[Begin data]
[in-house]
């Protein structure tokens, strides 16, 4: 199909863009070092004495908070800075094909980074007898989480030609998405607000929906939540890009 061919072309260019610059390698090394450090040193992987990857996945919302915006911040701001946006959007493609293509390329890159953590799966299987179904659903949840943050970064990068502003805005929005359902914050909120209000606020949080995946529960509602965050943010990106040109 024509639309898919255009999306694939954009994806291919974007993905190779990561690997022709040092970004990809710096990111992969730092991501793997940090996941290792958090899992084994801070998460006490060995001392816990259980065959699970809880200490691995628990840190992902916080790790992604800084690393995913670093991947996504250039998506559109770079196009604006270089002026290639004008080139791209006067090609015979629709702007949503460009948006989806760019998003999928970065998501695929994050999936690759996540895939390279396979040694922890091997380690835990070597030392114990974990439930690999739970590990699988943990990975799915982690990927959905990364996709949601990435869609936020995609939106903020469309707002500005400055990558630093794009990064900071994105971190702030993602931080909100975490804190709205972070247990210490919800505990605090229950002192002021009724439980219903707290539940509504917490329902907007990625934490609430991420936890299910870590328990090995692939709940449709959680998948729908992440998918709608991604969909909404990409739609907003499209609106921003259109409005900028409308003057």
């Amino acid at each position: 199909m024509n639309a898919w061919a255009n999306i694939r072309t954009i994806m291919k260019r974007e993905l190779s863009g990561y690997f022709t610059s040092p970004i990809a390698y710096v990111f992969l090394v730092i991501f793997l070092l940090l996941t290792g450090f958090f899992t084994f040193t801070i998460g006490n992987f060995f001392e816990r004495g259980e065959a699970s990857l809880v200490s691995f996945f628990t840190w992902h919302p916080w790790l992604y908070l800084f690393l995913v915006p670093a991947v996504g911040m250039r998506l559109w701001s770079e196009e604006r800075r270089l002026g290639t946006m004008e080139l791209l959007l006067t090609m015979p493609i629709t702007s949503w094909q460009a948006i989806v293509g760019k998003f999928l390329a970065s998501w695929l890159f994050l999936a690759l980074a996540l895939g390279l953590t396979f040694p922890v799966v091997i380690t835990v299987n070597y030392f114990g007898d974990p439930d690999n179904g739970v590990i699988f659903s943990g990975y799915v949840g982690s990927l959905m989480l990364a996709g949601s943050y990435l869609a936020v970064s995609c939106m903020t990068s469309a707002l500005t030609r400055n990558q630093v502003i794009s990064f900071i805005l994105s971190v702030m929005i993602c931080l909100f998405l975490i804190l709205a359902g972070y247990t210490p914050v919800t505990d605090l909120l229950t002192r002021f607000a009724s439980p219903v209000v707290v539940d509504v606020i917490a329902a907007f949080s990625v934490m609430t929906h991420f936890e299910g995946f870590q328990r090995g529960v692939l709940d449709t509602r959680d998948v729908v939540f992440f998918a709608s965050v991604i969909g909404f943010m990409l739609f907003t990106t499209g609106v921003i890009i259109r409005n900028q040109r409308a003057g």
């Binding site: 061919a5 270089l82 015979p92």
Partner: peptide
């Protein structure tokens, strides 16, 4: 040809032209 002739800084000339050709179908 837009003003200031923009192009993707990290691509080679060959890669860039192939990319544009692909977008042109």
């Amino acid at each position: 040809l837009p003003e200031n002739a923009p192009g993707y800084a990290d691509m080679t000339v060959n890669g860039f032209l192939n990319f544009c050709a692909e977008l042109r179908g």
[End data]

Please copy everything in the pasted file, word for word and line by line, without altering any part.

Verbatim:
[in-house]
């Protein structure tokens, strides 16, 4: 199909863009070092004495908070800075094909980074007898989480030609998405607000929906939540890009 061919072309260019610059390698090394450090040193992987990857996945919302915006911040701001946006959007493609293509390329890159953590799966299987179904659903949840943050970064990068502003805005929005359902914050909120209000606020949080995946529960509602965050943010990106040109 024509639309898919255009999306694939954009994806291919974007993905190779990561690997022709040092970004990809710096990111992969730092991501793997940090996941290792958090899992084994801070998460006490060995001392816990259980065959699970809880200490691995628990840190992902916080790790992604800084690393995913670093991947996504250039998506559109770079196009604006270089002026290639004008080139791209006067090609015979629709702007949503460009948006989806760019998003999928970065998501695929994050999936690759996540895939390279396979040694922890091997380690835990070597030392114990974990439930690999739970590990699988943990990975799915982690990927959905990364996709949601990435869609936020995609939106903020469309707002500005400055990558630093794009990064900071994105971190702030993602931080909100975490804190709205972070247990210490919800505990605090229950002192002021009724439980219903707290539940509504917490329902907007990625934490609430991420936890299910870590328990090995692939709940449709959680998948729908992440998918709608991604969909909404990409739609907003499209609106921003259109409005900028409308003057």
């Amino acid at each position: 199909m024509n639309a898919w061919a255009n999306i694939r072309t954009i994806m291919k260019r974007e993905l190779s863009g990561y690997f022709t610059s040092p970004i990809a390698y710096v990111f992969l090394v730092i991501f793997l070092l940090l996941t290792g450090f958090f899992t084994f040193t801070i998460g006490n992987f060995f001392e816990r004495g259980e065959a699970s990857l809880v200490s691995f996945f628990t840190w992902h919302p916080w790790l992604y908070l800084f690393l995913v915006p670093a991947v996504g911040m250039r998506l559109w701001s770079e196009e604006r800075r270089l002026g290639t946006m004008e080139l791209l959007l006067t090609m015979p493609i629709t702007s949503w094909q460009a948006i989806v293509g760019k998003f999928l390329a970065s998501w695929l890159f994050l999936a690759l980074a996540l895939g390279l953590t396979f040694p922890v799966v091997i380690t835990v299987n070597y030392f114990g007898d974990p439930d690999n179904g739970v590990i699988f659903s943990g990975y799915v949840g982690s990927l959905m989480l990364a996709g949601s943050y990435l869609a936020v970064s995609c939106m903020t990068s469309a707002l500005t030609r400055n990558q630093v502003i794009s990064f900071i805005l994105s971190v702030m929005i993602c931080l909100f998405l975490i804190l709205a359902g972070y247990t210490p914050v919800t505990d605090l909120l229950t002192r002021f607000a009724s439980p219903v209000v707290v539940d509504v606020i917490a329902a907007f949080s990625v934490m609430t929906h991420f936890e299910g995946f870590q328990r090995g529960v692939l709940d449709t509602r959680d998948v729908v939540f992440f998918a709608s965050v991604i969909g909404f943010m990409l739609f907003t990106t499209g609106v921003i890009i259109r409005n900028q040109r409308a003057g």
């Binding site: 061919a5 270089l82 015979p92």
Partner: peptide
């Protein structure tokens, strides 16, 4: 040809032209 002739800084000339050709179908 837009003003200031923009192009993707990290691509080679060959890669860039192939990319544009692909977008042109």
């Amino acid at each position: 040809l837009p003003e200031n002739a923009p192009g993707y800084a990290d691509m080679t000339v060959n890669g860039f032209l192939n990319f544009c050709a692909e977008l042109r179908g």